Celebrate the December 25th release of Universal’s movie musical epic “Les Misérables” with 12 days of interviews and inside peeks at the film’s production with director Tom Hooper, Hugh Jackman, Anne Hathaway, Amanda Seyfried and more of the cast.
Fans of “Les Misérables” and the musical’s famous soundtrack will notice something new when they see Tom Hooper’s move adaptation.
The song “Suddenly,” which is sung by Jean Valjean (Hugh Jackman) after rescuing young Cosette (Isabelle Allen) from the Thénardiers (Sacha Baron Cohen and Helena Bonham Carter), does not appear in any version of the popular stage musical, and was written specifically for the film. As Hooper explained during a recent interview, the song marks one of two epiphanies in the reformed convict’s life.
“The first epiphany, when he meets the bishop – he goes from this brutalized condition of being an ex-convict where he has huge anger against the world. And, through that contact with the bishop, he learns virtue, compassion and faith and starts a new life,” the director explained. “And then, when he meets little Cosette, he discovers love for the first time.”
Hooper continued, “Here’s this guy who’s late middle age, who’s never been loved or loved, [and] quite out of the blue experiences parental love for a child and is absolutely overwhelmed. It transforms his life, and he dedicates his life all based around the duty of caring for this child. I thought, in the musical, the first epiphany is crystal clear, but the second transformation is kind of in the subtext, it’s not completely clear.”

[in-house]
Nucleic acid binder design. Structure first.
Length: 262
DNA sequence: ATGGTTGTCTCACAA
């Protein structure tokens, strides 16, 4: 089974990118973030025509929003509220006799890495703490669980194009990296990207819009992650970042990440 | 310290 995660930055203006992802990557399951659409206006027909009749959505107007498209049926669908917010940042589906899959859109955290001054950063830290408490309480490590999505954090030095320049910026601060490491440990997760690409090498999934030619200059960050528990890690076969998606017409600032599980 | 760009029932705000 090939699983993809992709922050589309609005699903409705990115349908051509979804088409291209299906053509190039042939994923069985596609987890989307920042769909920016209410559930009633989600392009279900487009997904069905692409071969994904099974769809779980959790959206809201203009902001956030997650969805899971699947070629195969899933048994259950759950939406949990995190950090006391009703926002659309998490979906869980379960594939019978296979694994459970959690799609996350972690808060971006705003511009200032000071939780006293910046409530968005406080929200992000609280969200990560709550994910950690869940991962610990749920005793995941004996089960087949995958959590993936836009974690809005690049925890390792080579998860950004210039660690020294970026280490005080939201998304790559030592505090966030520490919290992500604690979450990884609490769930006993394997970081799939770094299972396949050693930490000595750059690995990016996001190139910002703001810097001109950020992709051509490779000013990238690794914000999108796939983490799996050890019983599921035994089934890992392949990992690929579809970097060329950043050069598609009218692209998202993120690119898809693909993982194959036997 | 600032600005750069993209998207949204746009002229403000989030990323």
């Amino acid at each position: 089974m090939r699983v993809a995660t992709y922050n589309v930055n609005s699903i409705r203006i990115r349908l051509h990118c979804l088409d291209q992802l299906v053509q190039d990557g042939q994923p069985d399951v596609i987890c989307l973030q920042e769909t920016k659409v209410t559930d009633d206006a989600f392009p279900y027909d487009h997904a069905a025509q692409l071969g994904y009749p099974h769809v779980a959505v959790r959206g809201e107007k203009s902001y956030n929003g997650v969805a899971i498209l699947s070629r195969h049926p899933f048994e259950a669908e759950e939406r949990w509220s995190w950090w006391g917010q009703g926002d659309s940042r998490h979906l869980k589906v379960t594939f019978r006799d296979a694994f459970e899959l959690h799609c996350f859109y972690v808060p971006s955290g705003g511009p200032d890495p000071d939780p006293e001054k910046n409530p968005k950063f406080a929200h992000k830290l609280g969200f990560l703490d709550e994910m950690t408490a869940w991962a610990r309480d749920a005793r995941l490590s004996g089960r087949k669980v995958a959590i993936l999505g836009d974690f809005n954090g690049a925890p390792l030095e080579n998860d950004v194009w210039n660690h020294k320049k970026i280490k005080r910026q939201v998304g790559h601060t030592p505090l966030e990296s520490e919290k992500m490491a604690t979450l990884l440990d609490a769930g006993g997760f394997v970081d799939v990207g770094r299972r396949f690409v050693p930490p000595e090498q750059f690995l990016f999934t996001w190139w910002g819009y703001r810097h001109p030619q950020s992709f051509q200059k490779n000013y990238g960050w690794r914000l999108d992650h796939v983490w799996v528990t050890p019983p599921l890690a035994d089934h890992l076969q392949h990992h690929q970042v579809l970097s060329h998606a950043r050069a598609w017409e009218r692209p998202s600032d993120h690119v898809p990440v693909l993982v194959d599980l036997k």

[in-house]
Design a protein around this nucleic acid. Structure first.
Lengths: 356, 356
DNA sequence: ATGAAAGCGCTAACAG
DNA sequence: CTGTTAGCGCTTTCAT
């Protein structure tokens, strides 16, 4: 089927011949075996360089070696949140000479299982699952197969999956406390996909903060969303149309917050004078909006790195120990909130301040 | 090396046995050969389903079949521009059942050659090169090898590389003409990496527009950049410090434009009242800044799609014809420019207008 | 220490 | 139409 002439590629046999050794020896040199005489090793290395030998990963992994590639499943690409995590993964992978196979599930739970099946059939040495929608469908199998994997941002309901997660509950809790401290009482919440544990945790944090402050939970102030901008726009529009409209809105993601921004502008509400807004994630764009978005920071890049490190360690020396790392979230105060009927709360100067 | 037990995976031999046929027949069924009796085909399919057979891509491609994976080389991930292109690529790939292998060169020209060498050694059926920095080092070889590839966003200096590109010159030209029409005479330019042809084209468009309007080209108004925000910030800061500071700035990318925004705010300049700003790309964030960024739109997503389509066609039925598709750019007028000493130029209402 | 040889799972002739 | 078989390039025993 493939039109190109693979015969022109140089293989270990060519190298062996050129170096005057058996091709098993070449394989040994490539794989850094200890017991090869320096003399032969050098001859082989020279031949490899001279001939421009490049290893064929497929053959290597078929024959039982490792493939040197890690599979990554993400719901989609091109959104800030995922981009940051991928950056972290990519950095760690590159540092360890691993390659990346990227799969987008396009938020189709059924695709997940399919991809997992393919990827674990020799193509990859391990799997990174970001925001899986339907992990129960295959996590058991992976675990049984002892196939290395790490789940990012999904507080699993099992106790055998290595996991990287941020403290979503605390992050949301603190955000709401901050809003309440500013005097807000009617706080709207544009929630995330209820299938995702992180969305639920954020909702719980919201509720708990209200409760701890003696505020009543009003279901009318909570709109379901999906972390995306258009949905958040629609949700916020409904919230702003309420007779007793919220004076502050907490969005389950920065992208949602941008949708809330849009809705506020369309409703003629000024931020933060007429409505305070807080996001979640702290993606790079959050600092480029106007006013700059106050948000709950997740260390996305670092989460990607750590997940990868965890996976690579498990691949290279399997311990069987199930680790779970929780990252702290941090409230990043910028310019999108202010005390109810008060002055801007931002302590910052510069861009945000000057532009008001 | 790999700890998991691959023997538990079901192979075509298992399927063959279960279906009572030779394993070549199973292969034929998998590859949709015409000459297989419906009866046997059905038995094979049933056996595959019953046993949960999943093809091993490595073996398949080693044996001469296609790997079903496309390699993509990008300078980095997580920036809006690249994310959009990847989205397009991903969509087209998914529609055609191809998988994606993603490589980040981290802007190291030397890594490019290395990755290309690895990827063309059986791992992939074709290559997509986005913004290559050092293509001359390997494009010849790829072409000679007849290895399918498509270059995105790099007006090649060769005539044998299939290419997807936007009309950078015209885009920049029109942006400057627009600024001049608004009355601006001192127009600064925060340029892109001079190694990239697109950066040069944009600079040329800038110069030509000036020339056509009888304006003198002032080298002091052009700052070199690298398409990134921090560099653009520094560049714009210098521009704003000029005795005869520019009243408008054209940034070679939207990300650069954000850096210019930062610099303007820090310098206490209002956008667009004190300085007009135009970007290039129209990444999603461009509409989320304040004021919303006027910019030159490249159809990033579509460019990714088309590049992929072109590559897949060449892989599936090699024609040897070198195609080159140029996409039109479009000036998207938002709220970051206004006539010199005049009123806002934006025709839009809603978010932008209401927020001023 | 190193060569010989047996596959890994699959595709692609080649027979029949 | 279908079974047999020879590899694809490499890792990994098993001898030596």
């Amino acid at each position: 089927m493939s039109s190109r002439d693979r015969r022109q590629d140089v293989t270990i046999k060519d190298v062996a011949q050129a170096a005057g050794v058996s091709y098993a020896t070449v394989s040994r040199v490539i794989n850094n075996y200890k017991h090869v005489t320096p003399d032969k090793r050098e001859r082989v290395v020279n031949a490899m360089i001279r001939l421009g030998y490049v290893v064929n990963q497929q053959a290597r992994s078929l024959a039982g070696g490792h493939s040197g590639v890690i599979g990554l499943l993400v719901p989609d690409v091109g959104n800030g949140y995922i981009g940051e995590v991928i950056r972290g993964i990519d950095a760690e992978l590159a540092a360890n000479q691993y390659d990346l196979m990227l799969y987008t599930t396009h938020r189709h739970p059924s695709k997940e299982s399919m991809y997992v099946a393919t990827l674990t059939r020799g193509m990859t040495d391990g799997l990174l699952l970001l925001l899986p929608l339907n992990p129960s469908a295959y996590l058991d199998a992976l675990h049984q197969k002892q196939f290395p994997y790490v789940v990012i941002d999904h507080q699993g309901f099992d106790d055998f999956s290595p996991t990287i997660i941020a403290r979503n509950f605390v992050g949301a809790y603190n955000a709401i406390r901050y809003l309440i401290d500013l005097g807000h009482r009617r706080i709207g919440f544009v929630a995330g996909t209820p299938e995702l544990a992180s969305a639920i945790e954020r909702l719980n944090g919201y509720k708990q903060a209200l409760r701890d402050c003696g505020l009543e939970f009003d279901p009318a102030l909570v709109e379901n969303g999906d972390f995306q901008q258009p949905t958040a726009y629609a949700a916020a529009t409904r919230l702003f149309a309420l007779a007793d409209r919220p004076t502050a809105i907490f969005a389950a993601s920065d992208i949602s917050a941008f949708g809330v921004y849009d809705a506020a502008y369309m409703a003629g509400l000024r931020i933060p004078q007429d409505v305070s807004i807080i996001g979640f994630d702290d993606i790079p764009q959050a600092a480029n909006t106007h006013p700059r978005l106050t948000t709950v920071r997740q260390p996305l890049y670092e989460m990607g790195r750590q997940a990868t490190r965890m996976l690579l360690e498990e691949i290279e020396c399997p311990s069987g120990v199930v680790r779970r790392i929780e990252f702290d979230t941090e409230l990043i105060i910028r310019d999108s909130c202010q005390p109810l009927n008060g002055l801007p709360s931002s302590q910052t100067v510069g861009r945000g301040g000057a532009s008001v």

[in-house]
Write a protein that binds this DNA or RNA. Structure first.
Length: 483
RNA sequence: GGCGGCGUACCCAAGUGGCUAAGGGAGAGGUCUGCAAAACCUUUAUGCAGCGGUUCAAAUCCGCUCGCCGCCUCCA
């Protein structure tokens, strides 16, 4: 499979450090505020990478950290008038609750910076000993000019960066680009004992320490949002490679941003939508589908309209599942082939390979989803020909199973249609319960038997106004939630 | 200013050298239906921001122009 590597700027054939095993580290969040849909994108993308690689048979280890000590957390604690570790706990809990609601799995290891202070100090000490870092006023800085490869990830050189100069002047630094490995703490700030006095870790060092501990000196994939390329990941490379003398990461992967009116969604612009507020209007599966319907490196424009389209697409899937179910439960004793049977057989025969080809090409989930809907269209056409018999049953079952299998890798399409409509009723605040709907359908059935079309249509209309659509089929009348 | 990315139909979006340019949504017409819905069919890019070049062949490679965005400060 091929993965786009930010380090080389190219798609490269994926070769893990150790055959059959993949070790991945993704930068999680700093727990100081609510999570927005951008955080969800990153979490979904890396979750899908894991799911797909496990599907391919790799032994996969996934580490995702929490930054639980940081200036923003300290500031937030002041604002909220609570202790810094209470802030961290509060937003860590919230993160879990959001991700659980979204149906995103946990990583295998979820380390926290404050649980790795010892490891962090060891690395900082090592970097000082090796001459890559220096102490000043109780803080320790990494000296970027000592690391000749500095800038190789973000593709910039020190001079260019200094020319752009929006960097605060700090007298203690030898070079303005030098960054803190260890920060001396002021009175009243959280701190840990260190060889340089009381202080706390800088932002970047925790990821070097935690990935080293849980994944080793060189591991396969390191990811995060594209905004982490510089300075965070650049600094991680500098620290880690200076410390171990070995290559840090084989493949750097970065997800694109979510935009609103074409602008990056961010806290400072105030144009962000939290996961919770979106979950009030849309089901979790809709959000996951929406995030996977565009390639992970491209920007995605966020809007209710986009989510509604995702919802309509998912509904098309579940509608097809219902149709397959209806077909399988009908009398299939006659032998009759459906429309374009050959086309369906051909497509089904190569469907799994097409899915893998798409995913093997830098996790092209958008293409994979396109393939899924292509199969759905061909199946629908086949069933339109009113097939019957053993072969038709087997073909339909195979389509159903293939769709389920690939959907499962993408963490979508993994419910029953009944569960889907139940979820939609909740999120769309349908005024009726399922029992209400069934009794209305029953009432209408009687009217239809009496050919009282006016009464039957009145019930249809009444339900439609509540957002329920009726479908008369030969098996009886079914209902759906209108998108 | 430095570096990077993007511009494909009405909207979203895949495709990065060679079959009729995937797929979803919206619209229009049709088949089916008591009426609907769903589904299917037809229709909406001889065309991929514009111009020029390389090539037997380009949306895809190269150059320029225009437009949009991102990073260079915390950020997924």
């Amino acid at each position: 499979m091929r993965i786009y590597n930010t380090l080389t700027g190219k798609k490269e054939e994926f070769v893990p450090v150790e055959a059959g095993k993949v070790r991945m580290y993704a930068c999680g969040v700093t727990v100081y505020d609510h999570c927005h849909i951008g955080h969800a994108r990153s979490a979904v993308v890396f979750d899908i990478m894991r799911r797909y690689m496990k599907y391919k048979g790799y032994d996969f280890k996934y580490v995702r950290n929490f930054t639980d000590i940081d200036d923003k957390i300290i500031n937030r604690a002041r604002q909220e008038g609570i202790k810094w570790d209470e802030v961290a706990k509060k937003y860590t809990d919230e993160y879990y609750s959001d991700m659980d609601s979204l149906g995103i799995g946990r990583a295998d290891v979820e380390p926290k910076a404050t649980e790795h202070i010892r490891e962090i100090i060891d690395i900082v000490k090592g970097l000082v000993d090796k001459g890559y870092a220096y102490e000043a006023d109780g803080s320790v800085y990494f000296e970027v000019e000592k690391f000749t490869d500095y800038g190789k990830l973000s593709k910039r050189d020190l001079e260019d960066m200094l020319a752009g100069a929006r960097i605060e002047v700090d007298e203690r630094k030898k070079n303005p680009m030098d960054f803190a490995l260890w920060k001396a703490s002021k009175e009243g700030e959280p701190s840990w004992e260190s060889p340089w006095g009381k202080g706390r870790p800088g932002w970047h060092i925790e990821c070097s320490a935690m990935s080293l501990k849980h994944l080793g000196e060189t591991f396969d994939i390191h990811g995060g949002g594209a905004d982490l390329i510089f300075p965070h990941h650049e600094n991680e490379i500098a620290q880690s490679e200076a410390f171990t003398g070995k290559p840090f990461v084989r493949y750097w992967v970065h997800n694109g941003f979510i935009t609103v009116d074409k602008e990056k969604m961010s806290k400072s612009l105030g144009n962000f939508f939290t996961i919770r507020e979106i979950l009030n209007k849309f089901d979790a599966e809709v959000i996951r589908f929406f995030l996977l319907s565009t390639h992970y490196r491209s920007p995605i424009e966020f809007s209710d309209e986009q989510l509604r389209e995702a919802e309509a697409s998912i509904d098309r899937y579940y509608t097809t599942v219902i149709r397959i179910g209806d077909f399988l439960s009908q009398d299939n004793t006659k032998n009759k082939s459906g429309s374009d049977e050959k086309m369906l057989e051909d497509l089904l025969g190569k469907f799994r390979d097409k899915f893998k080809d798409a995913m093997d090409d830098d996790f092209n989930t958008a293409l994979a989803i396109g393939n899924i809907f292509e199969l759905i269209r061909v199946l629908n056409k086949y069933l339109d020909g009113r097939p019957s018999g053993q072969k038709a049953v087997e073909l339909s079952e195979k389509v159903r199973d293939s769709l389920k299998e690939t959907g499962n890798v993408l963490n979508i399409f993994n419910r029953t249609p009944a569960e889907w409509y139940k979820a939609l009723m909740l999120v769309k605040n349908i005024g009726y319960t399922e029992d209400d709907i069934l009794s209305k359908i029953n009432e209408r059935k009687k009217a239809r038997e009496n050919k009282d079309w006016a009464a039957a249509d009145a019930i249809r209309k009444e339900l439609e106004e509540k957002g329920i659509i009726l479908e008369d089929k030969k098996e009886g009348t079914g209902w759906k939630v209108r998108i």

Eager to embellish one of the story’s most emotional moments, Hooper approached the men behind the original “Les Mis” music, composer Claude-Michel Schönberg and lyricist Alain Boubil. The end result was “Suddenly,” a song that not only expresses Valjean’s feelings for Cosette, but propels the second half of the film, in which he aggressively honors his commitment to protect her.
“He doesn’t just look after Cosette,” said Jackman. “He’s terrified. He’s full of love and anxiety like every parent. It’s a beautiful impulse, and [Tom] asked the guys to write a song. I think I’ll count it, definitely, as one of the great honors of my life to have these two incredible composers write a song with my voice in mind. I’ll never forget first singing it. I felt like I had been singing it my whole life.”
Also among Jackman’s list of “Les Mis” musical numbers are the solos “Bring Him Home,” “What Have I Done?” and “Who Am I?”
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